A lovely proof of how wrong von Mises is is present in Polanyi's masterwork, THE GREAT TRANSFORMATION. Heartily recommended to all.
Stiglitz is of course actually very middle of the road. I'd rather have Daly, any day.

VonMises said...

Of course. I believe the phrase is 'corporate welfare.' It would be hypocritical of me to criticise moral hazard for governments and not moral hazard for private individuals. The Austrian School has been dubbed the 'liquidationist school' by its Keynesian detractors. If I am stupid enough to bury myself in debts, I have to take responsibility for my actions.

Yes, Austrian economists have said we should let banks fail. Keynesians and the crackpots of Chicago have said this would be suicidal and destroy the global economy. However, between 1920-21, America suffered a depression that was as severe as the Great Depression in output loss. President Warren Harding didn't enact monetary or fiscal stimulus. He cut government spending by 33% and cut the federal government by 50%. He also cut taxation on all income levels. The depression lasted a year, compared to 14 years for the Great Depression, characterised by fiscal and monetary expansionism. Bad banks were purged, and new banks took their place.

I am interested to read "The money we work for is OURS and nobody elses. When we deposit it, banks have no right to lend it out without our permission."

My view is that we should have a 100% reserve banking system, with a clear distinction between retail and investment banking. A gold standard will contstrain excessive credit creation and contain any inflationary pressures. Banks cannot have a free rein to credit money out of thin air. Fiat currency should be abolished. Confidence is key to a private enterprise system, but how can one have confidence in a 'funny money' system?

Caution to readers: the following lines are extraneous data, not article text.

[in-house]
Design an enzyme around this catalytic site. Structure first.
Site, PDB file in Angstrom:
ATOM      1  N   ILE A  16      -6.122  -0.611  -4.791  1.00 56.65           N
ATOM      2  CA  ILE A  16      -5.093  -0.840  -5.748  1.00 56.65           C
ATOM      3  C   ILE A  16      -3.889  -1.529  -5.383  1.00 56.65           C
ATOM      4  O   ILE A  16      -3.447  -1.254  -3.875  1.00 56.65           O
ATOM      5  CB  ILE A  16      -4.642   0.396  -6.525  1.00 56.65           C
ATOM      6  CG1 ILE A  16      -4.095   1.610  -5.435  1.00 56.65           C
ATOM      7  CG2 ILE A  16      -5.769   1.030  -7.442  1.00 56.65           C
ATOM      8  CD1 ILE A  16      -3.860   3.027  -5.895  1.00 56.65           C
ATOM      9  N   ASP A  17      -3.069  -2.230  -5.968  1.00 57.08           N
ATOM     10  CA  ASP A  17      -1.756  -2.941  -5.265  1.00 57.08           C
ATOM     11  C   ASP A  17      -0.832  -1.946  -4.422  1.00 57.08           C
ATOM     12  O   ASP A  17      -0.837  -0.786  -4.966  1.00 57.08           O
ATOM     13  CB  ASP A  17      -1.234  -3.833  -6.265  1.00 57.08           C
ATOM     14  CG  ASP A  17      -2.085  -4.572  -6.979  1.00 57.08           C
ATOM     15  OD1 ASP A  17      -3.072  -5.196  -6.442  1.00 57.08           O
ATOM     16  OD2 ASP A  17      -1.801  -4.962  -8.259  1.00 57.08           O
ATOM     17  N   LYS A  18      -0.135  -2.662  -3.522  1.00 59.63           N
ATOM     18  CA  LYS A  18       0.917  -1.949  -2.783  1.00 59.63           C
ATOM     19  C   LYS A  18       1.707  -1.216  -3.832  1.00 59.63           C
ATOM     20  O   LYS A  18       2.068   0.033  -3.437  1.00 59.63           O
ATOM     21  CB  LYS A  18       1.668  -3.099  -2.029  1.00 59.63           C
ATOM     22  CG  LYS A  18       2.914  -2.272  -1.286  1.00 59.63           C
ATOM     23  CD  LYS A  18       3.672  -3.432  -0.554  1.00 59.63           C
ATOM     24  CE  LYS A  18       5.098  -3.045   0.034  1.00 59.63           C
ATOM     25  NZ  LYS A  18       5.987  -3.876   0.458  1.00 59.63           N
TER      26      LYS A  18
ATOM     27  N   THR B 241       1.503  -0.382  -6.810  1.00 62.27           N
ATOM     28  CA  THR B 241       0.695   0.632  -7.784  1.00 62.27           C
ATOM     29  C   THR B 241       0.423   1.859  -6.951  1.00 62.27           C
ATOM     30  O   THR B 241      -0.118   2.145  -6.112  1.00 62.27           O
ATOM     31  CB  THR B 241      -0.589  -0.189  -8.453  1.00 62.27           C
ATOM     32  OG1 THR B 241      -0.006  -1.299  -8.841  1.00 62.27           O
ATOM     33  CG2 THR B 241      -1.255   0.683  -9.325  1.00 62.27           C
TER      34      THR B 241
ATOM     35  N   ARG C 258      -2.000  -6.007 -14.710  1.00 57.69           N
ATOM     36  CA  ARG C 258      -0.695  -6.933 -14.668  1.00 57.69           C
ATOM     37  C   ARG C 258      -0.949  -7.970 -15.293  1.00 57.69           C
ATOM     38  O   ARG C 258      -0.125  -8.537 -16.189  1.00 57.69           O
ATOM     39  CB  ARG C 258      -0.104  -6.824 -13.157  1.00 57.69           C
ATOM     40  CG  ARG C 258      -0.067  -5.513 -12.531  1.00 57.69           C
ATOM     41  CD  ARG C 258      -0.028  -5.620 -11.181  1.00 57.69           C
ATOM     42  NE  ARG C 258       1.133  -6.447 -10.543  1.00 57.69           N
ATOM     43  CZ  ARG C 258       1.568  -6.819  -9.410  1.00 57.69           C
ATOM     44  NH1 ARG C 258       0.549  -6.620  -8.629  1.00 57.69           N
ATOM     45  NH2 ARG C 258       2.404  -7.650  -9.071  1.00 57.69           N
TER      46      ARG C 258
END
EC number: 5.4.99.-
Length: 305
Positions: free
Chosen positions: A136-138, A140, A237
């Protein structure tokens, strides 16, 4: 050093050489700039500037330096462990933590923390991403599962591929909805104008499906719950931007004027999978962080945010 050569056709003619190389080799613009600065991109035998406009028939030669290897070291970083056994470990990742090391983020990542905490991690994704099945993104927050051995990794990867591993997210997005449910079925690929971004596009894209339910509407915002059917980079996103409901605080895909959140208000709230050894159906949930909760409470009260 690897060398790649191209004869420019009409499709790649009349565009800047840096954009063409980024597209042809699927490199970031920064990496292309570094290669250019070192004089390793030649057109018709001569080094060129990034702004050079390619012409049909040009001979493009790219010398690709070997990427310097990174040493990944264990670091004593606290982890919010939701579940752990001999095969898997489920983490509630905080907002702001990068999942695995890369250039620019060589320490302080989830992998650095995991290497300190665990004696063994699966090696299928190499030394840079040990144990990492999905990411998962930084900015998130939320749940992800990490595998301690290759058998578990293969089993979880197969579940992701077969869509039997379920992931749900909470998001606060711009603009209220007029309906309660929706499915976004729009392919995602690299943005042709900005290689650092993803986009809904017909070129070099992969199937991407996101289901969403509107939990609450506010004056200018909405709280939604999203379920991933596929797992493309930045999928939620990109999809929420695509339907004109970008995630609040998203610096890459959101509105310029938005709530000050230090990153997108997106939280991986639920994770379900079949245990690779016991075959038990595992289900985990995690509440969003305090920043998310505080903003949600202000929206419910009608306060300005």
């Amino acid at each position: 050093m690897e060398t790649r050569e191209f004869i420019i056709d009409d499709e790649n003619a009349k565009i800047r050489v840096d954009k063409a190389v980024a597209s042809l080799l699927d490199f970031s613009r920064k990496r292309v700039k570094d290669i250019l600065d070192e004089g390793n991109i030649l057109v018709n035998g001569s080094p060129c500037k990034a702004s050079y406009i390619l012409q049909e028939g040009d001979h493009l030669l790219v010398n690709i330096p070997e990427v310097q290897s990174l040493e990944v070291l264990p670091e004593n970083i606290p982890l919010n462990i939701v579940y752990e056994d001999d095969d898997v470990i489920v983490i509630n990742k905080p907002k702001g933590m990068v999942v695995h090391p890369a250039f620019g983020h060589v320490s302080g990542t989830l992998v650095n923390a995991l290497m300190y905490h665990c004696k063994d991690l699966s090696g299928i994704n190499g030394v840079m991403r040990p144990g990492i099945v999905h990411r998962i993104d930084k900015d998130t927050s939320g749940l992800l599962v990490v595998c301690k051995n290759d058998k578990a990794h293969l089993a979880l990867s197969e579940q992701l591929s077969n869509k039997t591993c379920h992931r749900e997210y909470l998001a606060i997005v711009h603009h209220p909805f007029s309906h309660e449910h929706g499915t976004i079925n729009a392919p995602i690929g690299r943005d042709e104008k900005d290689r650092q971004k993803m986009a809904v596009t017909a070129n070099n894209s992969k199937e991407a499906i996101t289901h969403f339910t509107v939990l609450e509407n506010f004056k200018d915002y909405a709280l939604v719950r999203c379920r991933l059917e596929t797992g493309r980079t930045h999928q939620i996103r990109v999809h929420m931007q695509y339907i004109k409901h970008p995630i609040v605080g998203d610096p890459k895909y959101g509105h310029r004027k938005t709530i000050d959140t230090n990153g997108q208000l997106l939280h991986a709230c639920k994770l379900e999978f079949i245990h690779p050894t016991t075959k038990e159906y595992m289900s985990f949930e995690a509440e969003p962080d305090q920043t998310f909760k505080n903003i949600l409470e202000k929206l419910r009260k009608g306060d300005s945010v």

I am aggressive in debate because in my experience I have had to be. I have debated George Galloway on his TalkSport show and wasn't able to speak much because he kept interrupting me. I decided that if socialists can get away with a very aggressive style of debating, then so can I.

You say you have gained more experience from people rather than books. This is the case with the Austrian School of Economics. It is based on praxeology. I call the New Classicals and Monetarists etc crackpot because they rely on computers to model human behaviour. We cannot predict the future. Austrian economics is marginalised because it rejects textbook and computer models in favour of logical deduction.

I don't believe in government borrowing because governments get their money from the people. That is one of the reason fiscal stimulus is useless, because for governments to spend £1, it must take £1 out of private hands. There is no new spending, it has merely been redistributed. Governments do not have the problem of moral hazard, whereas we the people do.